• Only 38.9% of Aboriginal and Torres Strait Islander children in care in Western Australia in 2021 were placed with an Aboriginal and Torres Strait Islander relative/kin, and 32% were placed with non-Indigenous carers who were not relatives/kin.
  • Western Australia had the second highest proportion of average daily number of Aboriginal and Torres Strait Islander young people aged 10-17 years in youth detention in 2020-21, with 76% second only to the North Territory, and 12% higher than the third highest Queensland at 64%.
  • Western Australia had the highest rate of Aboriginal young people aged 10-17 years in detention per 10 000 young people aged 10-17 years in 2020-21, with 40.9%, and well ahead of the national average of 23.3%.
  • Western Australia had the second highest rate of Aboriginal and Torres Strait Islander young people spending nights in custody in 2020-21, with 76.04% second only to the Northern Territory at 95.8%.

AFLS Chief Executive Officer Corina Martin said that the findings were concerning for Aboriginal families, children, and young people in Western Australia, particularly in light of recent allegations about racism within the Western Australian State Government.

“Aboriginal children and young people are among the most severely disadvantaged in our state” Ms. Martin said. “The findings of this Report indicate that our State Government is trailing behind other governments in preventing Aboriginal children and young people from entering the child protection and youth justice systems and speak to the demand for more targeted intervention opportunities for Aboriginal families, children and young people to keep kids out of care and away from juvenile detention.”

Ms. Martin urged the WA Government to partner with Aboriginal Community Controlled Organisations to address the findings in the Report:

“Aboriginal people know what works for Aboriginal people. If the Government of Western Australia is truly committed to improving outcomes for its Aboriginal children and young people, we must see opportunities for Aboriginal communities and Aboriginal organisations to lead intervention programs that will keep our kids safe. Until then, we can only expect to see higher rates of disproportionality for our children and young people across the youth justice, child protection, health, education and other sectors.”

Media Contact – Laney Gould, 9355 1502

Help stop the spread of COVID-19

We can’t see COVID-19 but it effects everybody.

We are still providing legal services to Aboriginal and Torres Strait Islander survivors of domestic, family and sexual violence in regional Western Australia amid the COVID-19 pandemic. But our procedures have changed to keep everyone healthy and safe.
From Monday 18 May our Doors will be open for face to face appointments.

Welcome

We support Aboriginal and Torres Strait Islander survivors of family and sexual violence through community education, early intervention and legal advocacy.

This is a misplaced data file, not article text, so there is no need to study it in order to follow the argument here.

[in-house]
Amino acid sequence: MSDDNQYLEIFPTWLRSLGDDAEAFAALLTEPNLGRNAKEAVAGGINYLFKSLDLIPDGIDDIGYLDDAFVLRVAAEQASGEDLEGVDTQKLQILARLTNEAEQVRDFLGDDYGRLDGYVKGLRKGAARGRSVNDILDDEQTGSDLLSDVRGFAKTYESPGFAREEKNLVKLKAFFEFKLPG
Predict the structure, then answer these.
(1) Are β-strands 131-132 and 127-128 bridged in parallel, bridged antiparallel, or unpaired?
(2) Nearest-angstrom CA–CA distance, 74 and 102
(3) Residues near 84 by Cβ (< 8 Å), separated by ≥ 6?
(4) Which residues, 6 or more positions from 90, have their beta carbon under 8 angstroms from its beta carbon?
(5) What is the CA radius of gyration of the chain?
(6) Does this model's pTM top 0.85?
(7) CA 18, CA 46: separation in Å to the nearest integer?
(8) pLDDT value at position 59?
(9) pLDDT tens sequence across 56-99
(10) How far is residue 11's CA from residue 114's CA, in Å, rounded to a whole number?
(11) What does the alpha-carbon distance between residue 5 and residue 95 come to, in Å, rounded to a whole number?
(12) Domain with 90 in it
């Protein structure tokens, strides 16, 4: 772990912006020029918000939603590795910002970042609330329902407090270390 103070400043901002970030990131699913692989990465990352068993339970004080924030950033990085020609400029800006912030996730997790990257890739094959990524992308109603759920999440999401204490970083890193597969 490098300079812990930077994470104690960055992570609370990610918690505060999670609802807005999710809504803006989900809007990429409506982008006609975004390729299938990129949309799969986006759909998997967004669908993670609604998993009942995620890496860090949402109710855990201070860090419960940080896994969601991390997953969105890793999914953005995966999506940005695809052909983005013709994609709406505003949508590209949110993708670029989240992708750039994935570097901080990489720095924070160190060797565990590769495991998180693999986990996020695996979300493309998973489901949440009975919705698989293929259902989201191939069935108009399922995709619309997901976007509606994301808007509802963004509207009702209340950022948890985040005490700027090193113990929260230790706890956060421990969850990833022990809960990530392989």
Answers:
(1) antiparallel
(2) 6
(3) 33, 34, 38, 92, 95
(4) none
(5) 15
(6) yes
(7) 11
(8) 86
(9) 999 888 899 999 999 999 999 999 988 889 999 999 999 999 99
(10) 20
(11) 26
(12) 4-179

Services

We provide legal and support services for all Aboriginal people who have experienced family violence or sexual assault.

Family Law

We can assist people with their family law matters when there are children involved. We represent clients in the Family Court WA, and help clients work out parenting agreements. We focus on what is best for the children.

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Child Protection

We assist people dealing with the Department of Child Protection and Family Support in childcare and protection matters. We can help you to talk to the Department about children remaining safely in your care.

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Criminal Injury Compensation

Eligibility advice for criminal injuries compensation, including for injuries, medical expenses and lost income. We assist with applications, and helping to obtain documents such as medical reports.

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Family Violence Restraining Orders

We help people who have been hurt by partners or family members. We can assist in applications for Family Violence Restraining Orders (FVROs) and will apply to the Court for an interim restraining order.

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Non-Legal Support

We provide non-legal support and case management in the form of community education and engagement, crisis intervention and client referrals. We can advocate for clients, and help in safety planning for families.

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Social Support

Our social workers provide culturally-safe and trauma-informed approaches. They help clients through the demands of their legal process, develop safety strategies, and build social and emotional wellbeing.

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“Thank you AFLS for your presentation to our nursing team. We continue to use your valuable resources and look forward to working with you again.”

ROBYN MACGREGORGOLDFIELDS MENTAL HEALTH INPATIENT SERVICE
Membership

Stronger Together

We encourage all Aboriginal people concerned about Family Violence to join our organisation. Our members are drawn from the six regions in which we operate, and also include Perth. You need to be at least 18 years of age to become a member.

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Campaign

Ochre Ribbon

Violence within Aboriginal communities against women, children and men has increased to alarming levels. The Ochre Ribbon Campaign highlights the need to stop this violence, and works to strengthen advances in prevention initiatives from other agencies and campaigns.